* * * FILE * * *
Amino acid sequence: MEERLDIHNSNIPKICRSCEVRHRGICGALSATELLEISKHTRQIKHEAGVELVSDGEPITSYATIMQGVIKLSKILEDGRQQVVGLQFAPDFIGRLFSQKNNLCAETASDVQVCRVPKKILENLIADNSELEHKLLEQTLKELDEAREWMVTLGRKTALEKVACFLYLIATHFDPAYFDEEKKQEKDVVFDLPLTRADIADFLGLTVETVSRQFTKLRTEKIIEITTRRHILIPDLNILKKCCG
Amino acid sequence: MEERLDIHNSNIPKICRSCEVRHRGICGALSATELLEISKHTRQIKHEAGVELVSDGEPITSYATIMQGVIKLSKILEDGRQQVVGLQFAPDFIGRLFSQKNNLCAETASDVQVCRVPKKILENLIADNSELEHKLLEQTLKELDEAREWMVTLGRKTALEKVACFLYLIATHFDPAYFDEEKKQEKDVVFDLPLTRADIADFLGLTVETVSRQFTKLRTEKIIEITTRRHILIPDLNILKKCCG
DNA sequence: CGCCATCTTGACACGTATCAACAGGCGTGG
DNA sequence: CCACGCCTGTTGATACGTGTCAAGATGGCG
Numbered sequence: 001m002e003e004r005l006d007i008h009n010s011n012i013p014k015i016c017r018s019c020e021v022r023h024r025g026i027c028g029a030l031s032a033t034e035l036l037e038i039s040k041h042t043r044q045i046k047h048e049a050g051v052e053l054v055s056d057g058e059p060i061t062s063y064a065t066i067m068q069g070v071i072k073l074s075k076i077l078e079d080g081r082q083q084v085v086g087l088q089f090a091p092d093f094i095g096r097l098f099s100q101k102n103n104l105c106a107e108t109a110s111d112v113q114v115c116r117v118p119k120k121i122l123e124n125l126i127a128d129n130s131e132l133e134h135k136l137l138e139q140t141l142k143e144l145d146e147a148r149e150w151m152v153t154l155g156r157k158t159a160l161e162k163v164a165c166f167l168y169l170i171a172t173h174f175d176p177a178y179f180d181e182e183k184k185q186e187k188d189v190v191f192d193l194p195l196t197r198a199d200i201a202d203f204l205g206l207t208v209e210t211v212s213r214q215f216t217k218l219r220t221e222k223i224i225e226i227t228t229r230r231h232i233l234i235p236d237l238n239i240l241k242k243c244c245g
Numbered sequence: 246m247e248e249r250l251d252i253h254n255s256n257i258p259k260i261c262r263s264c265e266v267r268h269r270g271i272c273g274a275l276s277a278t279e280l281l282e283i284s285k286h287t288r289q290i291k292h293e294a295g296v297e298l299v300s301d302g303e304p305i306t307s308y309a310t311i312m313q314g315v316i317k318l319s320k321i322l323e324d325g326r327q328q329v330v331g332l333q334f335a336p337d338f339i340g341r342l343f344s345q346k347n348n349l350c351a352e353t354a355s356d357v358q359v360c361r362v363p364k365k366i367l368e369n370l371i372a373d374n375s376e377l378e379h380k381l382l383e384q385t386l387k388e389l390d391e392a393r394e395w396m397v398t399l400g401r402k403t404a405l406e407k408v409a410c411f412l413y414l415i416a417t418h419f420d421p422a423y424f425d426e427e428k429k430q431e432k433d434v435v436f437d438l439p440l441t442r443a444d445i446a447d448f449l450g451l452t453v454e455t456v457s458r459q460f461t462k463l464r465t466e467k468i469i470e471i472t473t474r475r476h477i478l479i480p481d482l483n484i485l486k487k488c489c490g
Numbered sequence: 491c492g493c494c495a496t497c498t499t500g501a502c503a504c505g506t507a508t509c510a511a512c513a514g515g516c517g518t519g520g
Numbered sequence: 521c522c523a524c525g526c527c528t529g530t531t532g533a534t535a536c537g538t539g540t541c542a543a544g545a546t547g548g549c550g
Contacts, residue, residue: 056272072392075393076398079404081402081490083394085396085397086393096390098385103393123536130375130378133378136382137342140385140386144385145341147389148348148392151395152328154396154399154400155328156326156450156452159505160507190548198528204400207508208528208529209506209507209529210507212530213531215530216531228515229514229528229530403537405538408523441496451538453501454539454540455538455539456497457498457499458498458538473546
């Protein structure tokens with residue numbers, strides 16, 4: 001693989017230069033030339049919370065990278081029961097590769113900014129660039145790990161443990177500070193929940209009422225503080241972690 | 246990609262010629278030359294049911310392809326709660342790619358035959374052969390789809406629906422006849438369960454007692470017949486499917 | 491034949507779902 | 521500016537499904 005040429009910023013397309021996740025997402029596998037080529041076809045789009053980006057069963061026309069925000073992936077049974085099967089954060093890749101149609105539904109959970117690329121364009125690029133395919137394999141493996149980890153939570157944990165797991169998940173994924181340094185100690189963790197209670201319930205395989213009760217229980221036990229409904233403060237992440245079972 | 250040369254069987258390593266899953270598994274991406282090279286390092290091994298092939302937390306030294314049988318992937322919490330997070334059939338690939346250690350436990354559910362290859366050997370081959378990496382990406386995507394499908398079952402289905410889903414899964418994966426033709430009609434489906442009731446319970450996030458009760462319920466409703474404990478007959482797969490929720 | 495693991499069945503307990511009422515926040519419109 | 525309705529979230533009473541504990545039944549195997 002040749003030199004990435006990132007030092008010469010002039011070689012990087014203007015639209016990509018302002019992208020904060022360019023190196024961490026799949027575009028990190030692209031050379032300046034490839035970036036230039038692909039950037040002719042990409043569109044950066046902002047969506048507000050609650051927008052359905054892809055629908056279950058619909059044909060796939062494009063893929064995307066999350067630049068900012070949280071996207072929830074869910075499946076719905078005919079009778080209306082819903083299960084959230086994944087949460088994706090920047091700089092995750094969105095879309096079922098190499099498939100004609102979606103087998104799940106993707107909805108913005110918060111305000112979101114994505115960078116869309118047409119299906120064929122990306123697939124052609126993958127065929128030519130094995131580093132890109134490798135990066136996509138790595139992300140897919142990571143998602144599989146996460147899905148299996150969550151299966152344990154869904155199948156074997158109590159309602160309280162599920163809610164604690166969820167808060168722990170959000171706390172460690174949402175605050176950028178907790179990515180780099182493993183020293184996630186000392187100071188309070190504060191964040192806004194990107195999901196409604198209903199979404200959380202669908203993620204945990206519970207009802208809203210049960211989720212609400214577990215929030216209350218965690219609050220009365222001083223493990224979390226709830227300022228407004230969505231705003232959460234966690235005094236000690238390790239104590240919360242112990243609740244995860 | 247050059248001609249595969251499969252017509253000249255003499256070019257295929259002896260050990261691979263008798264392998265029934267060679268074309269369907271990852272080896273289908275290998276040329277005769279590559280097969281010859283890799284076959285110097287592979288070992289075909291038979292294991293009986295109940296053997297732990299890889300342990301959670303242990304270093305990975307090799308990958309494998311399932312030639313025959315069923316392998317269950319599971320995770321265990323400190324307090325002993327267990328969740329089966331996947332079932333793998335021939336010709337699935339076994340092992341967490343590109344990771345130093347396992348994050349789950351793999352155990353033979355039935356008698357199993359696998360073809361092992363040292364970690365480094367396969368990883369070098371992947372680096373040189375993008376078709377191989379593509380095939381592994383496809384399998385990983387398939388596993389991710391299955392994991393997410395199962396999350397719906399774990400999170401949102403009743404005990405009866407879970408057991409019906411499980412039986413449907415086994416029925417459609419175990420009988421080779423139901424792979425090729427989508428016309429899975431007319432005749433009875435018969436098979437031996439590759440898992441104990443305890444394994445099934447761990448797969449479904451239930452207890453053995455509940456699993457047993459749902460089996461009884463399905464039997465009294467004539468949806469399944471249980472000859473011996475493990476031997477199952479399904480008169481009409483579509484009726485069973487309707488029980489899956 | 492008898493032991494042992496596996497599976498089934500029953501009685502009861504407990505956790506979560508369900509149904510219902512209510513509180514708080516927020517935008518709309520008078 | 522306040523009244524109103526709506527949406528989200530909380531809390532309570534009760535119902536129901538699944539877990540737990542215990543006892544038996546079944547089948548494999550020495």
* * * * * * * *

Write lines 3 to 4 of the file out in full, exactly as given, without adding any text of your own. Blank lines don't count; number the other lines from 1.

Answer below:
DNA sequence: CGCCATCTTGACACGTATCAACAGGCGTGG
DNA sequence: CCACGCCTGTTGATACGTGTCAAGATGGCG